That was published by VisitBritain on 11 February and set out recommendations aimed at better co-ordination of the significant public investments made centrally, regionally and locally. The review proposals also involve the fundamental restructuring of VisitBritain and developing the role of VisitEngland, which will market England in a more focused partnership at national, local and regional levels. In welcoming the review's findings, the Government emphasise their determination to forge a closer partnership with the tourism industry to minimise the impact of the downturn and to try to ensure that we are better positioned to exploit the opportunities offered by the recovery, when it comes. I am glad that the review proposed many things that the Government are already doing, and a number of things that we have subsequently implemented.

If I am allowed two observations, there seems to be an excessive, if understandable, focus on the unwillingness to move on the financing of marketing. As I said, in my day job, I am the sectoral Minister for Broadcasting and the Media. This will not come as a surprise to any noble Lord, but I can tell the House that for much of the past year, I have spent my life in meetings with media companies who tell me that today, advertising and marketing prices are cheaper than they were in 1992, and that the advertising and media market is currently suffering between a 30 per cent and a 45 per cent reduction, depending on which form of media you are buying. The value that you can extract from the marketing pound has never been more attractive, if you are a buyer, and less attractive, if you are a seller.

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On the specific question asked by the noble Earl about the digital divide—a subject about which he is right to observe that I have some knowledge and feel passionate—the Government have already committed to delivering a universal broadband service for the entire country, have already identified a universal service fund, and seek to deliver that by 2012, making us the leading country in the world in delivery of universal access to broadband at average-speed rates of 2 megabytes and above, which are attractive both to the domestic user and to the small to medium-sized enterprise looking to offer home or domestic-based connectivity and promotional opportunities.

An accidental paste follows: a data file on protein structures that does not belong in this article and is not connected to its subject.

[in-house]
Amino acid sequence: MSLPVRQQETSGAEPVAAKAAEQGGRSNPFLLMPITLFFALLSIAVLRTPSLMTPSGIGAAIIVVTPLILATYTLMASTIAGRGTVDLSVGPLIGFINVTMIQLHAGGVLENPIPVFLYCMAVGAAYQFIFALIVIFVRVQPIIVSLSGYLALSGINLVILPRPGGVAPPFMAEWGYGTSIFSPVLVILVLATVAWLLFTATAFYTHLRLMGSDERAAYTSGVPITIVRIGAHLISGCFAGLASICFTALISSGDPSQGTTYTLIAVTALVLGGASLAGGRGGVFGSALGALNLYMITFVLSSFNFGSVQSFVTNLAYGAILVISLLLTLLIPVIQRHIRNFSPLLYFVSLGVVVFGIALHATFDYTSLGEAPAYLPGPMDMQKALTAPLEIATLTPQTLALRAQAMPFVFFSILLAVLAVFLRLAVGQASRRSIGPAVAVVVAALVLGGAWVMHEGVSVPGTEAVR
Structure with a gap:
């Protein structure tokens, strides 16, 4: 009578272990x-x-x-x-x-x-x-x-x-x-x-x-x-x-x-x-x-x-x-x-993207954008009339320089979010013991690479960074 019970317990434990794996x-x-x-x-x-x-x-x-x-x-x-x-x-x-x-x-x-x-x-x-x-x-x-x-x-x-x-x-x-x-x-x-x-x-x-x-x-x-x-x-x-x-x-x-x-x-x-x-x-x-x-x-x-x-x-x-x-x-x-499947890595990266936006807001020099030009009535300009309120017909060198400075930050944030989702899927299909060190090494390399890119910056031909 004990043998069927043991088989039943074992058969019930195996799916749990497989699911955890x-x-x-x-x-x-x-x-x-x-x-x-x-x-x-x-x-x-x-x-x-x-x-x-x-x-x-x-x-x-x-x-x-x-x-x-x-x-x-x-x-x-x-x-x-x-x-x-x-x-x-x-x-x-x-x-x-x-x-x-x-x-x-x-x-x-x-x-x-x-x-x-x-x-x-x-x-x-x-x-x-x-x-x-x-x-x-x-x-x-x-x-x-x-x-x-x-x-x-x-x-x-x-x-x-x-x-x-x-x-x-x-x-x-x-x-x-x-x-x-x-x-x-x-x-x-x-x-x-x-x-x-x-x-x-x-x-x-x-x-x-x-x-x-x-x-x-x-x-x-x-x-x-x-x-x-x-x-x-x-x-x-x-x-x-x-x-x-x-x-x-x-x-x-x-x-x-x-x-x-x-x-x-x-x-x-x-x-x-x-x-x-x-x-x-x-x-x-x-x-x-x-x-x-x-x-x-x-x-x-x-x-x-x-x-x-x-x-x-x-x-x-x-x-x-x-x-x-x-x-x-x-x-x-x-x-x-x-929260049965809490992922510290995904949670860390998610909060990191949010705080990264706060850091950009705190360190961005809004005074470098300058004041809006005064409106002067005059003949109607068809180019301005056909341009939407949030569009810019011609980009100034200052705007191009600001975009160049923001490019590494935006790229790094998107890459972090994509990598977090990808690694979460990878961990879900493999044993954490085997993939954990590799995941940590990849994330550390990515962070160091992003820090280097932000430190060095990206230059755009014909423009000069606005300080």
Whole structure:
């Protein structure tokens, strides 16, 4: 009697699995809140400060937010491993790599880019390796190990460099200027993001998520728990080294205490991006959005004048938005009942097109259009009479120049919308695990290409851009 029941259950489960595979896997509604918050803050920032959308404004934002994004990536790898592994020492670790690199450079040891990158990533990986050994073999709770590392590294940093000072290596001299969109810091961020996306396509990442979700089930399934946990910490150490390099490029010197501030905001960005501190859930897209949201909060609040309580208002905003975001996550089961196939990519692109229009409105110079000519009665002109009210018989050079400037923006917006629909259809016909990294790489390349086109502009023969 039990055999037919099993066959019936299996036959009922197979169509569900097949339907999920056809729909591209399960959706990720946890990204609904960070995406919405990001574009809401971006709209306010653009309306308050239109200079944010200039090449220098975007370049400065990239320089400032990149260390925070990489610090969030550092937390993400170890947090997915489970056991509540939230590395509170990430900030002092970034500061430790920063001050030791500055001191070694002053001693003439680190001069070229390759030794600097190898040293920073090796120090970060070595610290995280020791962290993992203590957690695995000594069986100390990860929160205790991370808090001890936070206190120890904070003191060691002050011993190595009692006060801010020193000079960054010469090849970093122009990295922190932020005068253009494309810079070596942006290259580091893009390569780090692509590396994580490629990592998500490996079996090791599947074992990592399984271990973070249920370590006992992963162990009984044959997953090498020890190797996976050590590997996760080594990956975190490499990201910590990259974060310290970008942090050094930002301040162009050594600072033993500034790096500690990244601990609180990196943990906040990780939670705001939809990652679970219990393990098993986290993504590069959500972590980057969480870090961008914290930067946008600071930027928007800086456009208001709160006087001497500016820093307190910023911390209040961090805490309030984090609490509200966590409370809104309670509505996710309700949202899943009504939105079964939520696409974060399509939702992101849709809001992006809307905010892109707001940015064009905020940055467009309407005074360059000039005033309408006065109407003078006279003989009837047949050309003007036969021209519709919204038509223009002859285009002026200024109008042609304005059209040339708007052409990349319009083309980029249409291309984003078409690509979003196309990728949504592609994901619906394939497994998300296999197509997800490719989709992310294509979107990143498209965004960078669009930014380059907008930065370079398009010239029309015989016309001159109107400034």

To turn to the things that we are doing, the Tourism Advisory Council has recently been formed as part of the Government's commitment to support the UK's fifth largest industry. The noble Lord, Lord Lee, was right to say that the tourism summit in Liverpool was dripping with Ministers—although, I must confess, not me. The Prime Minister made it clear at the summit that he was extremely keen for a strengthened partnership between the Government and the tourism industry. That is why we set that group up. It will meet three to four times a year. I will be delighted to provide the noble Lord in writing with details of the forthcoming dates of those meetings.

The remit and purpose of the advisory council is to ensure that, during these times, we can receive timely and accurate information directly from leading tourism businesses so that we can identify areas that need action and highlight ways to move forward. As the noble Lord and others will know, the council is deliberately formed of a group of high-level industry executives, including members of organisations such as Virgin Atlantic, Eurostar, Travelodge and Center Parcs. The group is designed to provide direct and regular input into government and to identify how Ministers can support the sector.